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Publication #FPS-245

Helianthus debilis Beach Sunflower1

Edward F. Gilman, Sydney Park-Brown2

Introduction

The Beach Sunflower is a spreading perennial that has attractive, small sunflower-like flower heads which are borne throughout the year (Fig. 1). These showy flowers have 10 to 20, pale yellow rays that encircle a purplish-brown disk that is ½ to 1 inch wide. Different species of butterflies are attracted to these charming flowers. The 3-inch-wide flowers of this plant are followed by small seeds that readily germinate to produce plantlets. The Beach Sunflower has small, dark green, deltoid leaves that are irregularly lobed and toothed. These glossy leaves are roughly pubescent and attain a length of 4 inches.

General Information

Scientific name: Helianthus debilis
Pronunciation: heel-ee-ANTH-us DEB-bil-liss
Common name(s): Beach Sunflower
Family: Compositae
Plant type: herbaceous; perennial; ground cover
Figure 1. 

Beach Sunflower.


[Click thumbnail to enlarge.]
USDA hardiness zones: 8B through 10 (Fig. 2)
Planting month for zone 8: May; Jun; Jul
Planting month for zone 9: Apr; May; Jun; Jul; Aug
Figure 2. 

Shaded area represents potential planting range.


[Click thumbnail to enlarge.]
Planting month for zone 10 and 11: Feb; Mar; Apr; May; Jun; Jul; Aug; Sep; Oct; Nov; Dec
Origin: native to Florida
Uses: ground cover; attracts butterflies; border; mass planting; cascading down a wall; edging

Availablity: somewhat available, may have to go out of the region to find the plant

Description

Height: 2 to 4 feet
Spread: 2 to 4 feet
Plant habit: spreading
Plant density: dense
Growth rate: fast
Texture: medium

Foliage

Leaf arrangement: alternate
Leaf type: simple
Leaf margin: dentate
Leaf shape: deltoid
Leaf venation: pinnate
Leaf type and persistence: semi-evergreen
Leaf blade length: 2 to 4 inches
Leaf color: green
Fall color: not applicable
Fall characteristic: not applicable

Flower

Flower color: yellow
Flower characteristic: year-round flowering

Fruit

Fruit shape: unknown
Fruit length: unknown
Fruit cover: dry or hard
Fruit color: unknown

Fruit characteristic: attracts birds; inconspicuous and not showy

Trunk and Branches

Trunk/bark/branches: typically multi-trunked or clumping stems
Current year stem/twig color: green
Current year stem/twig thickness: medium

Culture

Light requirement: plant grows in full sun
Soil tolerances: acidic; alkaline; sand; loam;
Drought tolerance: high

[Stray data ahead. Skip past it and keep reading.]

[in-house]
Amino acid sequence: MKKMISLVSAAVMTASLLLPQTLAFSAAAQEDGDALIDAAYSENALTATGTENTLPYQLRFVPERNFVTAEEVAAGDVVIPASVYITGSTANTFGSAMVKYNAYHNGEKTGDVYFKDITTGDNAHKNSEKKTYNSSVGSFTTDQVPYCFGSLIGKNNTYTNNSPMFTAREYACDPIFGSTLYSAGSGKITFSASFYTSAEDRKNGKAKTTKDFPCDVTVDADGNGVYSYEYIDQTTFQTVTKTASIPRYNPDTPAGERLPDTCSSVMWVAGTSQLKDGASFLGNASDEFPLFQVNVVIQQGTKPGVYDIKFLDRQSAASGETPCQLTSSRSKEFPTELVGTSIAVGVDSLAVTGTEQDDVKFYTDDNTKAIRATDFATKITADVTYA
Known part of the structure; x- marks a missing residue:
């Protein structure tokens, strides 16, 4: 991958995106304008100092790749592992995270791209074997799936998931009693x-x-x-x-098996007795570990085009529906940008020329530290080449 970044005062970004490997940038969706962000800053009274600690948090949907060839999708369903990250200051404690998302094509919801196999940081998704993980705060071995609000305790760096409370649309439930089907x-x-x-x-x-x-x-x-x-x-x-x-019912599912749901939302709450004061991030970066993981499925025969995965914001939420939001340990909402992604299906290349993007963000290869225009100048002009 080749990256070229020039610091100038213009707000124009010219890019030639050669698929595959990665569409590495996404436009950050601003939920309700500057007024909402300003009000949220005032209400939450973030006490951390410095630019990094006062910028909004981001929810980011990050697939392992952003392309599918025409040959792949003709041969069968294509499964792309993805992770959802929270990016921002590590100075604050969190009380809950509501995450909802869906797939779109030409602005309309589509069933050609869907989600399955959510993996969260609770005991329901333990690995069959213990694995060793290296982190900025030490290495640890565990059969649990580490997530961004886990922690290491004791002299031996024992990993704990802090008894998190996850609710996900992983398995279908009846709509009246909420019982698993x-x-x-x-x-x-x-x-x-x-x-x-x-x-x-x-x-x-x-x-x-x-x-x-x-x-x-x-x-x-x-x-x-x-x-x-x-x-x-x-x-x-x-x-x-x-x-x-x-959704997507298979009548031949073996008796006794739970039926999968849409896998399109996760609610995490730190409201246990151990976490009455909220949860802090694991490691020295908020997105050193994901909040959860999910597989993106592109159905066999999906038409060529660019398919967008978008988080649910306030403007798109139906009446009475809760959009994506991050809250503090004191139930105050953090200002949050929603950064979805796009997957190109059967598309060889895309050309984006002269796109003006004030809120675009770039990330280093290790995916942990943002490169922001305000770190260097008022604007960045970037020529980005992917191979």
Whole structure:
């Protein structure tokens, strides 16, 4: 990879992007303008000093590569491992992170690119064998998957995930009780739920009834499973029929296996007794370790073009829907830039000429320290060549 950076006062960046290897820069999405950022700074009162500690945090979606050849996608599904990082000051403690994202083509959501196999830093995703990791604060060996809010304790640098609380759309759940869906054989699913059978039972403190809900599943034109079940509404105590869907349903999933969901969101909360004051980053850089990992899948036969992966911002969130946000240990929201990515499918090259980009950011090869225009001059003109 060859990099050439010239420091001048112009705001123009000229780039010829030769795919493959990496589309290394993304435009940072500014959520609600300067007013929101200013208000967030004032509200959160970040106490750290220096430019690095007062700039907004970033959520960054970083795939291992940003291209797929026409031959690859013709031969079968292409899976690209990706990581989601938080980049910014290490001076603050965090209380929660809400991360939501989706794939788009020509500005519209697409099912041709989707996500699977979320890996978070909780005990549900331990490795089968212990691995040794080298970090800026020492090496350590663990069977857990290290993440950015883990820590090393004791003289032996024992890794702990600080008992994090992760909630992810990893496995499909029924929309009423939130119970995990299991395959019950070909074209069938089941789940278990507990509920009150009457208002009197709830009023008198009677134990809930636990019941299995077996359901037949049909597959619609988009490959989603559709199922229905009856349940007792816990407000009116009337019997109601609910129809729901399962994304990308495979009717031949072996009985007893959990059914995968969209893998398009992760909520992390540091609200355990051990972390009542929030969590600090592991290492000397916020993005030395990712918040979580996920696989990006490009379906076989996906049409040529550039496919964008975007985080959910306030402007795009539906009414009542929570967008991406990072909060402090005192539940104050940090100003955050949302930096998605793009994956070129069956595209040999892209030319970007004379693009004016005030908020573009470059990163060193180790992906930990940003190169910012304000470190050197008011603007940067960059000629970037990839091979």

Soil salt tolerances: good
Plant spacing: 18 to 24 inches

Other

Roots: not applicable
Winter interest: plant has winter interest due to unusual form, nice persistent fruits, showy winter trunk, or winter flowers
Outstanding plant: not particularly outstanding
Invasive potential: not known to be invasive
Pest resistance: no serious pests are normally seen on the plant

Use and Management

Beach Sunflower is often used as a flowering ground cover along and near the beach, and reaches a height of about 18 inches. This plant spreads by underground runners and will quickly fill in an area if provided with occasional irrigation along the beach front. Over irrigation in other locations can slow growth and cause plant decline. One or two applications of fertilizer during the year will encourage plants to establish and cover the ground quickly. It looks great when massed as a ground cover. The cut flowers are charming in arrangements indoors.

The Beach Sunflower grows best on well-drained sandy soils. This plant will not tolerate over-watering or over fertilizing and is very drought tolerant. It needs to be placed in an area that receives full sun and will endure high levels of salt spray. Beach Sunflower is an annual in those areas that have freezing temperatures in the winter; however, it will reseed itself or act as a perennial in central Florida.

Varieties and cultivars: var. cupreatus, copper-red rays; var. purpureus, pink or violet rays; var. roseus, rose colored rays; 'Dazzler', chestnut and orange head; 'Excelsior', yellow, red, brown, and purple head; 'Orion', deep yellow head.
Use seeds to propagate this lovely plant.

Pests and Diseases

No pests or diseases are of major concern.

Footnotes

1.

This document is FPS-245, one of a series of the Environmental Horticulture, Florida Cooperative Extension Service, Institute of Food and Agricultural Sciences, University of Florida. Original publication date October 1999. Revised May 2007. Reviewed June 2011. Visit the EDIS website at http://edis.ifas.ufl.edu.

2.

Edward F. Gilman, professor, environmental Horticulture Department, Sydeny Park-Brown, extension agent, Hillsborough County, Cooperative Extension Service, Institute of Food and Agricultural Sciences, University of Florida, Gainesville, 32611


The Institute of Food and Agricultural Sciences (IFAS) is an Equal Opportunity Institution authorized to provide research, educational information and other services only to individuals and institutions that function with non-discrimination with respect to race, creed, color, religion, age, disability, sex, sexual orientation, marital status, national origin, political opinions or affiliations. For more information on obtaining other UF/IFAS Extension publications, contact your county's UF/IFAS Extension office.

U.S. Department of Agriculture, UF/IFAS Extension Service, University of Florida, IFAS, Florida A & M University Cooperative Extension Program, and Boards of County Commissioners Cooperating. Nick T. Place, dean for UF/IFAS Extension.